I just posted a comment on the Waiting for a Missionary post from 2009. I didn't realize it was from so long ago until I made a comment.
I posted as anonymous about the boy I've been writing on a mission but how I'm also going on a mission and he wants to wait for me.
Anyway, I know you have to approve all the comments for them to be seen so I just wanted to say that you don't have to put the comment up if you don't want since it's from so long ago or you can if you want, either way is fine. I don't really want my name on anything, but I would really like some advice, so if you could at least email me back or post a comment that would be great.
I do know that a lot of girls are having similar problems as me - leaving on a mission while a boy they had been writing comes back soon.
Future Sister Missionary
Dear Future Sister,
Thank you for writing me via email! Much more personal than an anonymous comment.
Even though that original post is from nearly 4 years ago, it still gets read, responded to, and referred to often. (I find it interesting that with the change in Missionary Ages that the emails have gotten a little different.)
For context (and for our readers) here's what your comment said:
Hi Bro Jo, I just read this post and all the comments and I guess I have a question. I dated someone for 2 years in High School and he went on a mission. I broke up with him before he left because I didn't want to wait for him. He's been gone about 14 months, and I write him weekly and send him packages frequently. I agree that waiting is silly and that holding yourself back is easy to do when you do wait. But it's pretty hard to just stop loving someone and stop talking to them. I don't think that loving him is holding me back - I go on dates and I've actually received my own mission call. He comes back November 2013 and I'll come home in November of 2014. So my question is, when he comes back I think he'll want to wait for me. It'll be a year where he's home without me, and we both still have a great relationship that's supportive and encouraging. I think that both of us have needed each other in these past months. How do I get him to do the right thing and not "wait"? He keeps saying he's not going to want to date anyone when I'm so close to coming home and we can be together (we've never discussed our wedding or even told each other we want to get married because I feel that's inappropriate) I realize now that this was a big long ramble, but I wanted any 3rd party advice I could get before I ship off to the MTC in May. - Anonymous
First of all, I've never said to stop loving someone. That would be silly. I'm not even sure how one does that!
Secondly, if you're wondering: no, wouldn't tell him to "wait" for you if he asked. I'd tell him what I tell all RM Young Men: go on at least one date a week, changing it up, dating different girls until he found one that he wanted to date so much more than the others that she became his weekly (or more often) date. And if he dated her a few times in a row and realized he wasn't as interested as he thought he was at first, move on to someone new. Or back to someone he'd previously dated (if she was still available) that he couldn't get out of his mind or simply just thought it would be fun to date again.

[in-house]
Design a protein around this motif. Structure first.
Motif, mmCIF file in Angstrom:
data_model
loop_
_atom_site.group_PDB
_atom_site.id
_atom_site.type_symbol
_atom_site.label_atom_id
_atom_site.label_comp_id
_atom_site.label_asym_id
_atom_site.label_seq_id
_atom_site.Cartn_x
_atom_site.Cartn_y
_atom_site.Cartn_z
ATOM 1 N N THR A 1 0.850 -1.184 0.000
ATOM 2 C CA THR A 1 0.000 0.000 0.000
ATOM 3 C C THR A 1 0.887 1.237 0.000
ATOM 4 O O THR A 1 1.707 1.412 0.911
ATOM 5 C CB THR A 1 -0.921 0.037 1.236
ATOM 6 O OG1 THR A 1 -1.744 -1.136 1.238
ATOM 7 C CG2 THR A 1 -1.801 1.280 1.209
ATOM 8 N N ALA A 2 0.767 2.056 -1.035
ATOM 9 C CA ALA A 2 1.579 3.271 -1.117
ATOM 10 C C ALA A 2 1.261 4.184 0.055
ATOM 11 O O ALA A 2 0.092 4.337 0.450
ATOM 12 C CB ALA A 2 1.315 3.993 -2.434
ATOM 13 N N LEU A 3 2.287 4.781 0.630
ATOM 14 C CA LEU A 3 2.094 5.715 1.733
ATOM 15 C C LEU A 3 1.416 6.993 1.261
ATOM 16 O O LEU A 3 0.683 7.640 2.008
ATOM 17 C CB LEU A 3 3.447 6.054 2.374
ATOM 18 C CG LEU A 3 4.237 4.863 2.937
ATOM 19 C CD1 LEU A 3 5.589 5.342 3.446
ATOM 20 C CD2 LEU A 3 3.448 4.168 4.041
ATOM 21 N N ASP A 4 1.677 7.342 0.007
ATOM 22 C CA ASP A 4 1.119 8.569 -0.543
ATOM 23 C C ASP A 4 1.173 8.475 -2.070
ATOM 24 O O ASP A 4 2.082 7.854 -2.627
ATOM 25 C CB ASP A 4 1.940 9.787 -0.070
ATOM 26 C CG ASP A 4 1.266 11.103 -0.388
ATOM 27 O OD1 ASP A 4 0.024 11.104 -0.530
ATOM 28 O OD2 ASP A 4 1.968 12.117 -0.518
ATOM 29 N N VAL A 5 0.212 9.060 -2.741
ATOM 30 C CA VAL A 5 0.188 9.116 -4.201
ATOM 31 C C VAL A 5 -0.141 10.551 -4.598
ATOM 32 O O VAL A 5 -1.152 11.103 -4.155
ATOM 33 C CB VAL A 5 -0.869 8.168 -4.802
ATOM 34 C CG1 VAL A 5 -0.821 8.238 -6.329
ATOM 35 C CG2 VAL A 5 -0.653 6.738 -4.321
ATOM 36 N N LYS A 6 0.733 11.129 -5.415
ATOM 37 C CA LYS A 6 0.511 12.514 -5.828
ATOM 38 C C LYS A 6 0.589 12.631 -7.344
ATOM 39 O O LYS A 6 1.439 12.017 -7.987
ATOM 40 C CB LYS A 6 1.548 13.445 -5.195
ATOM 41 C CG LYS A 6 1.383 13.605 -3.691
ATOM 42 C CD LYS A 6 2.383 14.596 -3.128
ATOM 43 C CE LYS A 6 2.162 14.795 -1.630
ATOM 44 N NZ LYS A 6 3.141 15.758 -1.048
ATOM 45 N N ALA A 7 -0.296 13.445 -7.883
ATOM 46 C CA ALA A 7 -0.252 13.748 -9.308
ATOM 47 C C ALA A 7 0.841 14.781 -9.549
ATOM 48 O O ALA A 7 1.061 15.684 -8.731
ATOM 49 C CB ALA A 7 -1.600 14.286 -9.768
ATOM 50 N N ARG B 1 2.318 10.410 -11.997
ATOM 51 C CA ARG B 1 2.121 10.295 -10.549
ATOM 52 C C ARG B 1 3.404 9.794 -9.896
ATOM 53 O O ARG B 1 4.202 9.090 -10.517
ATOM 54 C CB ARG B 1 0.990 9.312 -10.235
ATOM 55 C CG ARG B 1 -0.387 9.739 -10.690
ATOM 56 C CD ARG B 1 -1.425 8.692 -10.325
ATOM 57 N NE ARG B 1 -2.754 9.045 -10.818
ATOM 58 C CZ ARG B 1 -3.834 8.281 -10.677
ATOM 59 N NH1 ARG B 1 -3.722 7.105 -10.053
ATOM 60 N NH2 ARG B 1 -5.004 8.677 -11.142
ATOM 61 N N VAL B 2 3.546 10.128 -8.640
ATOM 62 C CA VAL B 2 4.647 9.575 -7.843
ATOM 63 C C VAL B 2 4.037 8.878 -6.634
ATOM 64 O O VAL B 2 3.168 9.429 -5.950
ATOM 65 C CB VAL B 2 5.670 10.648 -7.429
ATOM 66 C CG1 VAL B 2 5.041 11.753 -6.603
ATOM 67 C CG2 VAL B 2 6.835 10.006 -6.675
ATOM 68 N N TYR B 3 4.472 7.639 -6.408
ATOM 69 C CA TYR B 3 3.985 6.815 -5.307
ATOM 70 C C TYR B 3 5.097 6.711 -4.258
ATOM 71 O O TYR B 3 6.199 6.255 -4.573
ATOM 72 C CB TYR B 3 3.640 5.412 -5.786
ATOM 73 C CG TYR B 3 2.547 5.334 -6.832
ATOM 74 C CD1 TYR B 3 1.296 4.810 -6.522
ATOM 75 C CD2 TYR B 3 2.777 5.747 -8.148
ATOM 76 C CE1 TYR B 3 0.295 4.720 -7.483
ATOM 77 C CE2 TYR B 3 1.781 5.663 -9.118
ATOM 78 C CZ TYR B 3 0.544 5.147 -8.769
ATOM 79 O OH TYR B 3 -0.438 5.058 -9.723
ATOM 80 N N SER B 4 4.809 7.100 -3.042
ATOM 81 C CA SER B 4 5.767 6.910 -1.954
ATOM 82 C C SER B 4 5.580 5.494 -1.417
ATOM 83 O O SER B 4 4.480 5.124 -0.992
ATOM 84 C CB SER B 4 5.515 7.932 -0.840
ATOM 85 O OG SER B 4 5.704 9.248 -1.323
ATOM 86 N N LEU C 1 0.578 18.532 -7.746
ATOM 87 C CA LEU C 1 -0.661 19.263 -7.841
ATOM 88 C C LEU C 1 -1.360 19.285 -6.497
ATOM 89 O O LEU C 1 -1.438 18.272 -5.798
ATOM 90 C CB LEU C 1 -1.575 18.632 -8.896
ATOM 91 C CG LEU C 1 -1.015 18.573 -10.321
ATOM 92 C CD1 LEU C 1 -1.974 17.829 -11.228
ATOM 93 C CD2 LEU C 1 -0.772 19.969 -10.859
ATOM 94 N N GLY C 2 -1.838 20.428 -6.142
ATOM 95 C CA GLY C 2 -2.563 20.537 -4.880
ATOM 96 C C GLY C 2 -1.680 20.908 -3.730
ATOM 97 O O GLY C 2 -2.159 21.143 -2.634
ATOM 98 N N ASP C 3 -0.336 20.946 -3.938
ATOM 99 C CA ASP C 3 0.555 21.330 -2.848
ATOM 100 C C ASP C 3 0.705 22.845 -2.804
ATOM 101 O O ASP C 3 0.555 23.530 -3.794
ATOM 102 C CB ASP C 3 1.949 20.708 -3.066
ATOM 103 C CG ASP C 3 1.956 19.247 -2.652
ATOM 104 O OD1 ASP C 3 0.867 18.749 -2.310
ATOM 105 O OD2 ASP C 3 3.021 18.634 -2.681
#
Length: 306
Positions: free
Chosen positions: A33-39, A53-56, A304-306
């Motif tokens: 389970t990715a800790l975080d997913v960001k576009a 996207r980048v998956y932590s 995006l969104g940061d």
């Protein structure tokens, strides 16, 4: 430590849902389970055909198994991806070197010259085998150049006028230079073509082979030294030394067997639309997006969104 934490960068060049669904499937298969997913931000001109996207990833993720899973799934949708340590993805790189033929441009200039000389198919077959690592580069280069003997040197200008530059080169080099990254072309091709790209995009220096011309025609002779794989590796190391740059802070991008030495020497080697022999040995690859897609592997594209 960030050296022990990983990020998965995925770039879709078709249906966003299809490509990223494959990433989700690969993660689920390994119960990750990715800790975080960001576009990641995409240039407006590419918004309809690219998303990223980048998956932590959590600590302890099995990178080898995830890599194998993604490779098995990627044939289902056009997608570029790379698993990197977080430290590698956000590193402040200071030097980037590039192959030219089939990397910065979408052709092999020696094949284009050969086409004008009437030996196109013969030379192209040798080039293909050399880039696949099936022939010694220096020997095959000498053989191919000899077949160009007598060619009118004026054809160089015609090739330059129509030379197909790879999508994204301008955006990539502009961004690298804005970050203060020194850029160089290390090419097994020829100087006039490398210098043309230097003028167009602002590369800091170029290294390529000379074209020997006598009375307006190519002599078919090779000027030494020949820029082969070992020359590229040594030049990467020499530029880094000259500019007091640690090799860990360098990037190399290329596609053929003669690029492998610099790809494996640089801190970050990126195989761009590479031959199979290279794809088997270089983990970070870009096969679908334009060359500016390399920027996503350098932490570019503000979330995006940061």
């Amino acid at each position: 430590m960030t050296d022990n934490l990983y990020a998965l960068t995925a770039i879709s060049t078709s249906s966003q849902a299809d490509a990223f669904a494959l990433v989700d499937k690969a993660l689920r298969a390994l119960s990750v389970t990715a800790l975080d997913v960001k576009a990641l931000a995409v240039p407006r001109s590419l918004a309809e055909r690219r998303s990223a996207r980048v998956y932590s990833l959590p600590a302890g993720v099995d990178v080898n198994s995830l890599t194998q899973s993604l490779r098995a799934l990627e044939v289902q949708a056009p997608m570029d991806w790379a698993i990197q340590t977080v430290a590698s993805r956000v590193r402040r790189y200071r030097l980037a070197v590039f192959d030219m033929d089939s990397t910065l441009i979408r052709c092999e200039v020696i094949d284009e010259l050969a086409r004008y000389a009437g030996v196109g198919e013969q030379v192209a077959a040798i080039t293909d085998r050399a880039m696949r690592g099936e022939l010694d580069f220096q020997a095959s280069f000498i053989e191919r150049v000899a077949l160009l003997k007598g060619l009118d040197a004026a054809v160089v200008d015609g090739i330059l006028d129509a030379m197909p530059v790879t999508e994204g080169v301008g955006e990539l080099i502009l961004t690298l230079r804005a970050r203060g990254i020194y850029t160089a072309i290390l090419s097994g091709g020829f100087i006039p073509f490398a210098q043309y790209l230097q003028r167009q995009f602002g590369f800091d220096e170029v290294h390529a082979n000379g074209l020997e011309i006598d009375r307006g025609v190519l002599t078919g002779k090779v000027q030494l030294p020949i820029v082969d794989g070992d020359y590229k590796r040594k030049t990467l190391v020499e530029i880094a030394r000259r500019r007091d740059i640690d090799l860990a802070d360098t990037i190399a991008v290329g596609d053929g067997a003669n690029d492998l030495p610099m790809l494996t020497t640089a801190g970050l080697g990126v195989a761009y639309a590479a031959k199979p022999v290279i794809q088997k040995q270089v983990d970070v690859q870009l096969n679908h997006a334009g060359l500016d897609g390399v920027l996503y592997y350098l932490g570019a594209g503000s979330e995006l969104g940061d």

When y'all are separated, especially when the separation happens so young and the period is for a relatively long period of time (two years, after all, is 10% of your life! whereas for an Old Person, like myself, 2 years is only about 4.5% of mine) and not only can things change, but we build up this fantasy image of what someone is really like.
(Relative Tangent: this is why some "Old People" - stupidly in my opinion - leave their marriages for that person they remember from High School or College; they have this image in their mind . . . this mythical person they think they remember, and they convince themselves - usually quite wrongly - that if they can just "recapture" that relationship As They Remember It, it will be easier than working out the problems they're having in their current relationship. But enough on that for now.)
What you can do for this young man (and yourself) is to tell him that you have no idea if you're meant to be together, if you'll be Good Eternal Companions for each other, and while you've had the freedom and opportunity to date others while he's been gone, you wish him to have the same freedom. That way, you'll say, when you come back . . . if he's still single and interested, the two of you can date again knowing that, him having all of this new dating experience, that he's dating you because he's dated others and is still looking . . . not because he's been lonely and "waiting" for three years (total).
Whether or not he takes you up on your request is, of course, up to him.
But you may want to also tell him this: when you come back, if he his single and interested, he won't be the only guy you'll be dating because you'll want to be certain, too. (While neither of you may be 100% "certain", having dated other people will go a long way towards helping you more easily know if this is a Good Match for you . . . or if any match is Good, really.)
And stick to that.
Whatever works out, however things are meant to be, I wish you both Eternal Happiness!
Work hard, love the people, and enjoy your mission!
- Bro Jo